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Sawing off the branch?

25 October 2013

Peter Forster looks at Evangelical ideas in the scholars' light

Evangelical Faith and the Challenge of Historical Criticism
Christopher M. Hays and Christopher B. Ansberry, editors
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THE growth of the Evangelical movement in the past half-century has posed interesting challenges for those Evangelicals who wish to participate in mainstream academic theology. This collection of articles asks whether Evangelical scholarship can embrace modern historical criticism without compromising the doctrinal beliefs that are central to Evangelicalism.

The authors draw an interesting parallel with the conflicts when, before the Second Vatican Council, the traditional church authorities conducted a lengthy war with what was regarded as "modernism". They wish to see Evangelical scholarship move beyond the similarly rather polarising caricatures that have often dogged debate, to something akin to the more creative encounters in recent Catholic experience.

Traditional disputes over biblical inerrancy are sidelined in favour of a series of case studies. There is a particularly good treatment of the Adam/Eve narratives in Genesis 2-3. The consensus of critical scholarship regards these narratives as mytho-poetic, whereas Evangelicalism (drawing inspiration from Augustine) has laid great weight upon their historicity, and the passing of Adam's sin - and guilt - down subsequent generations.

The resolution offered here is to recognise that the narratives them selves do not actually support the idea of inherited guilt, the source of all human sin being found in the free and responsible acts of individual people. Adam is everyone; everyone is Adam. The thrust of Genesis 2-3 is to demonstrate the basic character of humanity's relationship with God, and this does not require a belief that an individual person, Adam, ever created the ontological source of human guilt.

Thus relieved of such a responsibility, Genesis 2-3 is able to enhance the traditional Evangelical emphasis upon individual responsibility for sin. In this instance, historico-critical research actually strengthens an important tenet of Evangel-icalism.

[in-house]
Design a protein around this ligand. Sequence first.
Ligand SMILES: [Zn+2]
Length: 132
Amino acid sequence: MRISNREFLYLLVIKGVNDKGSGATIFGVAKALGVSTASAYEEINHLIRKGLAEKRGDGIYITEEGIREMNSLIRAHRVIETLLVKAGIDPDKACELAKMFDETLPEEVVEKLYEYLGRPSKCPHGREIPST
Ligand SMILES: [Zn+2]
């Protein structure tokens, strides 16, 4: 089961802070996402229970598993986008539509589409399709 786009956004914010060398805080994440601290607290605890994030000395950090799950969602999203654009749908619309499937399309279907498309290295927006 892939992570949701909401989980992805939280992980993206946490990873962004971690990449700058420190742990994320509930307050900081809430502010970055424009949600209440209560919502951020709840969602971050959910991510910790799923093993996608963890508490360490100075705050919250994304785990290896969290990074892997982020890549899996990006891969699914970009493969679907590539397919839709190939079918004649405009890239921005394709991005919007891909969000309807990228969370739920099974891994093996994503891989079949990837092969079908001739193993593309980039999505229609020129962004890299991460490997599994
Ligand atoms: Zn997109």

Chapters on the Exodus, and broader Deuteronomic history argue that an exodus from Egypt did happen, and that a reasonably consistent "Mosaic" voice can be discerned in the first five books of the Bible. Beyond that, the authors are content to accept that a great deal of imaginative re-telling of the stories took place before the books assumed their current form. To argue about the historicity of a passage tends to miss the point. It matters more that the voice of Moses continues to speak dynamically through the Judaic tradition, even hundreds of years later. It is authority, not authorship as such, that is the mark of authenticity.

The chapters on the New Testament are more tentative, where certain aspects of the historicity of the texts are understandably regarded as more crucial. At this point, longer treatments - of, for example, the Virgin birth or the empty tomb - are required, which go beyond the sphere of historical criticism as such.

Overall, the authors believe that from a more honest engagement with historical criticism a more authentic picture will emerge of how God has chosen to reveal himself; but, they suggest, all historical judgements can only ever be a buttress, rather than a pillar, for Christian faith. This leaves open the question: where are the actual pillars to be found? At this point, the nature of the authors' appeal to the development of tradition becomes crucial.

Dr Peter Forster is the Bishop of Chester.

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